In 2007, the tragic result of a pardon created a big problem for Mike Huckabee in his run for the Republican presidential nomination, fairly or not.  If Haley Barbour decides to make a run at the 2012 spot, he may have to explain his thinking on a sentence suspension and the ethics involved in its conditions.  The Mississippi governor issued a suspension (not a commutation or pardon) to two sisters with life sentences for convictions in 1994 of an armed robbery that netted $11 total from two men they clubbed with shotguns in an ambush, but one sister has to donate a kidney to the other as a requirement of the commutation for both:

For 16 years, sisters Jamie and Gladys Scott have shared a life behind bars for their part in an $11 armed robbery. To share freedom, they must also share a kidney.

Mississippi Gov. Haley Barbour suspended the sisters’ life sentences on Wednesday, but 36-year-old Gladys Scott’s release is contingent on her giving a kidney to Jamie, her 38-year-old sister, who requires daily dialysis.

Normally a live kidney donation is an act of generosity and kindness, not a Get Out of Jail Free ticket.  And Barbour didn’t mince words about why this particular condition was part of the deal:

The Scott sisters are eligible for parole in 2014, but Barbour said prison officials no longer think they are a threat to society and Jamie’s medical condition is costing the state a lot of money.

[Defense attorney Chokwe] Lumumba said he has no problem with the governor requiring Gladys to offer up her organ because “Gladys actually volunteered that as part of her petition.”

Lumumba may not have a problem with the condition, but this is at least one sticky ethical wicket of the suspension.  Right now, the state pays for Jamie Scott’s dialysis because of her status as an inmate in a state prison.  Once Scott gets sprung, however, her case gets treated like anyone else with end-stage renal disease (ESRD), through Medicare.  Congress mandated Medicare coverage for all cases of ESRD, including coverage for transplants and the continuing care afterward.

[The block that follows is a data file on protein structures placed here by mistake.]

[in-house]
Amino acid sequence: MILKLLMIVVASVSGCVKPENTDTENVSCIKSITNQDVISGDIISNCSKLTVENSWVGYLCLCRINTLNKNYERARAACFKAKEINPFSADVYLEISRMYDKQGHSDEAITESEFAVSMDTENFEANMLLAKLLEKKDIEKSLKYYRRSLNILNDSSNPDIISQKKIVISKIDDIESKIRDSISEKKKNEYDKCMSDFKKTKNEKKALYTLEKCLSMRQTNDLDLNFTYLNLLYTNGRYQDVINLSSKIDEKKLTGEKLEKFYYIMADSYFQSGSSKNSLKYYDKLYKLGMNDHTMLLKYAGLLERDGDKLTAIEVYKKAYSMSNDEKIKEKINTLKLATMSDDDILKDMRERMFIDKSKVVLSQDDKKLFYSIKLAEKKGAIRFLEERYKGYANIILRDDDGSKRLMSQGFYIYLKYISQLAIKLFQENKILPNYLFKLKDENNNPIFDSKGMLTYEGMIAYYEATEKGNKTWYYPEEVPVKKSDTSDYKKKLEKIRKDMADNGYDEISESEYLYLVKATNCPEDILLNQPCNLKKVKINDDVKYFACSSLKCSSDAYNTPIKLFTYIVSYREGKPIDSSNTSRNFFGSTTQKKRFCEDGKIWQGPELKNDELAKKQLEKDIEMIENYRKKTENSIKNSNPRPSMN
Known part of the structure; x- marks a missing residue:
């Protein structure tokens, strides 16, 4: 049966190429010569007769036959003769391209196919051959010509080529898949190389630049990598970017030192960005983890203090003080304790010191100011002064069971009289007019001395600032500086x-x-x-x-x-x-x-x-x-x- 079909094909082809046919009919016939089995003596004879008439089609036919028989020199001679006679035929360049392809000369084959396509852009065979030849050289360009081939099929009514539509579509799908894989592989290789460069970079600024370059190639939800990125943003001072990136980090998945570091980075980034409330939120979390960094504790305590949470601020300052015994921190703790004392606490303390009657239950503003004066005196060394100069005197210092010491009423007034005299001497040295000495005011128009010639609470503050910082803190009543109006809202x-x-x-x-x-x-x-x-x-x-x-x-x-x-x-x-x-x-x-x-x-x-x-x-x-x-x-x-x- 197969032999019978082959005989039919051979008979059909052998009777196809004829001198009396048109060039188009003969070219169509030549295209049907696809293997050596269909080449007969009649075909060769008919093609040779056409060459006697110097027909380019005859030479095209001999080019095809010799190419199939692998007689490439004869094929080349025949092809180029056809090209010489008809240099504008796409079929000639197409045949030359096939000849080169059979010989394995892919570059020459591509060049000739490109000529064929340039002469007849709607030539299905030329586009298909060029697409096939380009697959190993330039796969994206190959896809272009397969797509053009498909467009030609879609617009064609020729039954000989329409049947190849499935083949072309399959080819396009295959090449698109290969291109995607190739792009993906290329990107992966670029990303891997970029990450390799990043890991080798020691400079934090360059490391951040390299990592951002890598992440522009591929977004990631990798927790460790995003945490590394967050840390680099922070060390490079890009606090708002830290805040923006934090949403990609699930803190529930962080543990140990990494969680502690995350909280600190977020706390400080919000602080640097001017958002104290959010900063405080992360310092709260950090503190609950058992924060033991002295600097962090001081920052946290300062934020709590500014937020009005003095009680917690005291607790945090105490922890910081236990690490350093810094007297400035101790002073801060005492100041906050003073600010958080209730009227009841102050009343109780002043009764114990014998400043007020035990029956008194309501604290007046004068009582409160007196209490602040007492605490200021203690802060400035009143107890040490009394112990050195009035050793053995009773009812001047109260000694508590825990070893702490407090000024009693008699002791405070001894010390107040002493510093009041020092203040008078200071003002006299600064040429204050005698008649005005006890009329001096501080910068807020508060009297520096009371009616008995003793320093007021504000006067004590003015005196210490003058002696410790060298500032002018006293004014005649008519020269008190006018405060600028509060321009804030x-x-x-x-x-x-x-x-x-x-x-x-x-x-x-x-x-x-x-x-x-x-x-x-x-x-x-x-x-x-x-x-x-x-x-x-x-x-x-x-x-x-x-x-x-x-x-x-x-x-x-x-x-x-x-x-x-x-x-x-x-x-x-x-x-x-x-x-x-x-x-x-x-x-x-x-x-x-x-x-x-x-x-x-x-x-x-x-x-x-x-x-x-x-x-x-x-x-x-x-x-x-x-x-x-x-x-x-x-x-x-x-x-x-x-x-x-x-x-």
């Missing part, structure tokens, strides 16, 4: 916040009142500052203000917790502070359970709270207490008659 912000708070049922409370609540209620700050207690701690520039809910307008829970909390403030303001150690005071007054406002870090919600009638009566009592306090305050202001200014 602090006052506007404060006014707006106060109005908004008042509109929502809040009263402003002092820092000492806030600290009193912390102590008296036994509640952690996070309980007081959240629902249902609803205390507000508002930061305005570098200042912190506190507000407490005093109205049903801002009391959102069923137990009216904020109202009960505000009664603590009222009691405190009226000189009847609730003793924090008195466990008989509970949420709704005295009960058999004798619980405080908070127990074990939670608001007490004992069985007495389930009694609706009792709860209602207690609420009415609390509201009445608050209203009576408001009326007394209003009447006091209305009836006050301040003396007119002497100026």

By releasing Jamie Scott, Barbour has essentially transferred those costs from the state of Mississippi — at least for the dialysis treatments — to the federal government.  Had the Scotts conducted a kidney transplant while in prison, the state would likely have had to absorb either its entire cost or at least a significant portion of it, as well as the cost of the lifelong immune-suppression treatments, which I can tell you from years of personal experience are very high.  Even the federal government has trouble dealing rationally with them.

So the first ethical question is whether Barbour traded the detention of a violent offender to slough off the costs of care for Jamie Scott.  The second is whether Barbour essentially bought the transplant from Gladys Scott by trading her freedom for it.  Gladys may have volunteered to donate the kidney, but that volunteering came as a result of negotiations for a pardon or commutation.  Bear in mind that the federal government refuses to allow people who aren’t incarcerated to bargain for compensation for kidney donations, which would match people under no state duress at all to ESRD patients in a forum that prevents exploitation.  And if Gladys’ offer came organically, so to speak, why didn’t the state initiate a transplant before the issue of a pardon or commutation arose?

This seems like a very strange arrangement, to say the least.  Gladys is giving a gift to her sister that is beyond measure, and that is a blessing for the sisters.  But if the state wants to bargain for kidney donations, then why can’t private citizens do the same?